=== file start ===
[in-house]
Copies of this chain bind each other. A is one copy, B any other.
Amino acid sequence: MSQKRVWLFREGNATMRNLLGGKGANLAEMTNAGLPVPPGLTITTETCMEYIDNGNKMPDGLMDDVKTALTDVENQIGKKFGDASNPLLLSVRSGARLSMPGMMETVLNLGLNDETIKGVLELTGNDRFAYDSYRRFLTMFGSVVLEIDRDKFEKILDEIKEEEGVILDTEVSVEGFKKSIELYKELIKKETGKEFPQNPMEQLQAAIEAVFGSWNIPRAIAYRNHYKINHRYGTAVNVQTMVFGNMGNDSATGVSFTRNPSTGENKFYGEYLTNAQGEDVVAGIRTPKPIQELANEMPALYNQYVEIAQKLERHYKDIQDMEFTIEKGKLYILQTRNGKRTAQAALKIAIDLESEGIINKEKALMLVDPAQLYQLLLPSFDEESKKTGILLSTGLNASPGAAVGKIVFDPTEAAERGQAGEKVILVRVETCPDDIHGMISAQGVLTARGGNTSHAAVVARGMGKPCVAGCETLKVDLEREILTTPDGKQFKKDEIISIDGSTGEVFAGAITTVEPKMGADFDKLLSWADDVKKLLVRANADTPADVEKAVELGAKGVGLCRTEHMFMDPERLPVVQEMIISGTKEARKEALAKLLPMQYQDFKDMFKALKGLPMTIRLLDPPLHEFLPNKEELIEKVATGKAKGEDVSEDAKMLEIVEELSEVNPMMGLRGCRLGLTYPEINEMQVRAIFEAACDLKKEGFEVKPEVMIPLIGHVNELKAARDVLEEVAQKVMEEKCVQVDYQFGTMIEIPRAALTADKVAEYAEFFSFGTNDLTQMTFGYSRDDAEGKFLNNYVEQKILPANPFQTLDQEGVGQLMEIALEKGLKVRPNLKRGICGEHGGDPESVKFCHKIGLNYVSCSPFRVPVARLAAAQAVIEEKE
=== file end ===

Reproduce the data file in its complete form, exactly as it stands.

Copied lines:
[in-house]
Copies of this chain bind each other. A is one copy, B any other.
Amino acid sequence: MSQKRVWLFREGNATMRNLLGGKGANLAEMTNAGLPVPPGLTITTETCMEYIDNGNKMPDGLMDDVKTALTDVENQIGKKFGDASNPLLLSVRSGARLSMPGMMETVLNLGLNDETIKGVLELTGNDRFAYDSYRRFLTMFGSVVLEIDRDKFEKILDEIKEEEGVILDTEVSVEGFKKSIELYKELIKKETGKEFPQNPMEQLQAAIEAVFGSWNIPRAIAYRNHYKINHRYGTAVNVQTMVFGNMGNDSATGVSFTRNPSTGENKFYGEYLTNAQGEDVVAGIRTPKPIQELANEMPALYNQYVEIAQKLERHYKDIQDMEFTIEKGKLYILQTRNGKRTAQAALKIAIDLESEGIINKEKALMLVDPAQLYQLLLPSFDEESKKTGILLSTGLNASPGAAVGKIVFDPTEAAERGQAGEKVILVRVETCPDDIHGMISAQGVLTARGGNTSHAAVVARGMGKPCVAGCETLKVDLEREILTTPDGKQFKKDEIISIDGSTGEVFAGAITTVEPKMGADFDKLLSWADDVKKLLVRANADTPADVEKAVELGAKGVGLCRTEHMFMDPERLPVVQEMIISGTKEARKEALAKLLPMQYQDFKDMFKALKGLPMTIRLLDPPLHEFLPNKEELIEKVATGKAKGEDVSEDAKMLEIVEELSEVNPMMGLRGCRLGLTYPEINEMQVRAIFEAACDLKKEGFEVKPEVMIPLIGHVNELKAARDVLEEVAQKVMEEKCVQVDYQFGTMIEIPRAALTADKVAEYAEFFSFGTNDLTQMTFGYSRDDAEGKFLNNYVEQKILPANPFQTLDQEGVGQLMEIALEKGLKVRPNLKRGICGEHGGDPESVKFCHKIGLNYVSCSPFRVPVARLAAAQAVIEEKE